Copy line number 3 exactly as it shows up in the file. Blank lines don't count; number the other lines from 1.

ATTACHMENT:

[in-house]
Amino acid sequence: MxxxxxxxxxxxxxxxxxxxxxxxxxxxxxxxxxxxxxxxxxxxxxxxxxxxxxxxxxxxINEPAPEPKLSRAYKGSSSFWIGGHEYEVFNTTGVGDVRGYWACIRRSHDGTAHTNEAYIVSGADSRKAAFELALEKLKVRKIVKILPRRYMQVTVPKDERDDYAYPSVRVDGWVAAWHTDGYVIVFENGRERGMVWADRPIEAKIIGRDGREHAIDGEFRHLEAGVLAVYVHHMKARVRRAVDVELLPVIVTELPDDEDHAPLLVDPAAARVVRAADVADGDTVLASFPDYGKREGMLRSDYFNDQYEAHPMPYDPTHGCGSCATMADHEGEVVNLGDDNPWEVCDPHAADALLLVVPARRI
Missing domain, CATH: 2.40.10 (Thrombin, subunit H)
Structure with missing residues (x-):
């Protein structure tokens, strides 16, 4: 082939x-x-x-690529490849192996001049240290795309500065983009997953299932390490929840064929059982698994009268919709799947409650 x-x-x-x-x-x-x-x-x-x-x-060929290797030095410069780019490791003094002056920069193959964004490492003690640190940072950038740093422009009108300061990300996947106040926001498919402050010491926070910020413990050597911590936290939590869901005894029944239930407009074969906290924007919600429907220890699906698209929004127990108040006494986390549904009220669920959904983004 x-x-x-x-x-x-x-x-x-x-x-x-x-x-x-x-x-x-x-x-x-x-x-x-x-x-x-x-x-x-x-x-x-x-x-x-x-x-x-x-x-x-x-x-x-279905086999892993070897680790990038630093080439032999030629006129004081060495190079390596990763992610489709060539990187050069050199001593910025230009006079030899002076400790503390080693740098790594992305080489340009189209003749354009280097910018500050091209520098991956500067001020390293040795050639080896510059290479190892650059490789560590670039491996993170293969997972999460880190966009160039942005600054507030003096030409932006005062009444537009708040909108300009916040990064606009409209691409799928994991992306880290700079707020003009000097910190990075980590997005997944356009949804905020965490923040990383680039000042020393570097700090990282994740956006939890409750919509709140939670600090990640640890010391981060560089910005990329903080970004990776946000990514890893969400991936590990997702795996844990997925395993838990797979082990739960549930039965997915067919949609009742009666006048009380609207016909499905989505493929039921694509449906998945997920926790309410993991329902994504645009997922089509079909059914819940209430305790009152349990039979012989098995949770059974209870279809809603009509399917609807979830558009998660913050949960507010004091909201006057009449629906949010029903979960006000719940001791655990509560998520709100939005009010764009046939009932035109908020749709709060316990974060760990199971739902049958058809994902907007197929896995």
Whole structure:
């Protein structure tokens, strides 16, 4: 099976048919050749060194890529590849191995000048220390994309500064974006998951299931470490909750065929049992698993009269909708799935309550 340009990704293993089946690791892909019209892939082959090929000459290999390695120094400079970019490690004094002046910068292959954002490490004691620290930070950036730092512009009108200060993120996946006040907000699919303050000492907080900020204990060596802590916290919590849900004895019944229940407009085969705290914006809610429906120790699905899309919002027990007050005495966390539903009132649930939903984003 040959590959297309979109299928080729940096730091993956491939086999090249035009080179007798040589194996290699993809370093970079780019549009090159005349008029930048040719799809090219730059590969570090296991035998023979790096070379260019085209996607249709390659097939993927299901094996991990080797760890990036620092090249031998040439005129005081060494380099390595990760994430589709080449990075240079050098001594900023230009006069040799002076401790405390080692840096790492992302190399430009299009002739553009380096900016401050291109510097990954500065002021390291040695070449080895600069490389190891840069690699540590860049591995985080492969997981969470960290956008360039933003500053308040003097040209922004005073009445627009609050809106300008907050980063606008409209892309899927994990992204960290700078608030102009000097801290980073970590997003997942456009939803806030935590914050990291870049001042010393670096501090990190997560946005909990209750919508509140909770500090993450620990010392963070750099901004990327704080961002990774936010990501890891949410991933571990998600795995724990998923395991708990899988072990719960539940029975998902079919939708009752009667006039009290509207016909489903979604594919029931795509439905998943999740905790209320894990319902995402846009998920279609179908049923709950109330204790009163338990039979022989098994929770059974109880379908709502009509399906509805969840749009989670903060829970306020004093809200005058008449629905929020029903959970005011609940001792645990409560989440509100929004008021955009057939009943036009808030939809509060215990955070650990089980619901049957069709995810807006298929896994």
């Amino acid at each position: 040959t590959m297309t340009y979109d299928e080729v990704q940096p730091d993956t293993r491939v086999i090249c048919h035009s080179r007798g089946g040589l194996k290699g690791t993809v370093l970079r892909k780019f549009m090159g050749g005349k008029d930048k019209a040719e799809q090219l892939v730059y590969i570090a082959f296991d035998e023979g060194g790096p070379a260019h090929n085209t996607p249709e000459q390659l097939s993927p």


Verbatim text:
Missing domain, CATH: 2.40.10 (Thrombin, subunit H)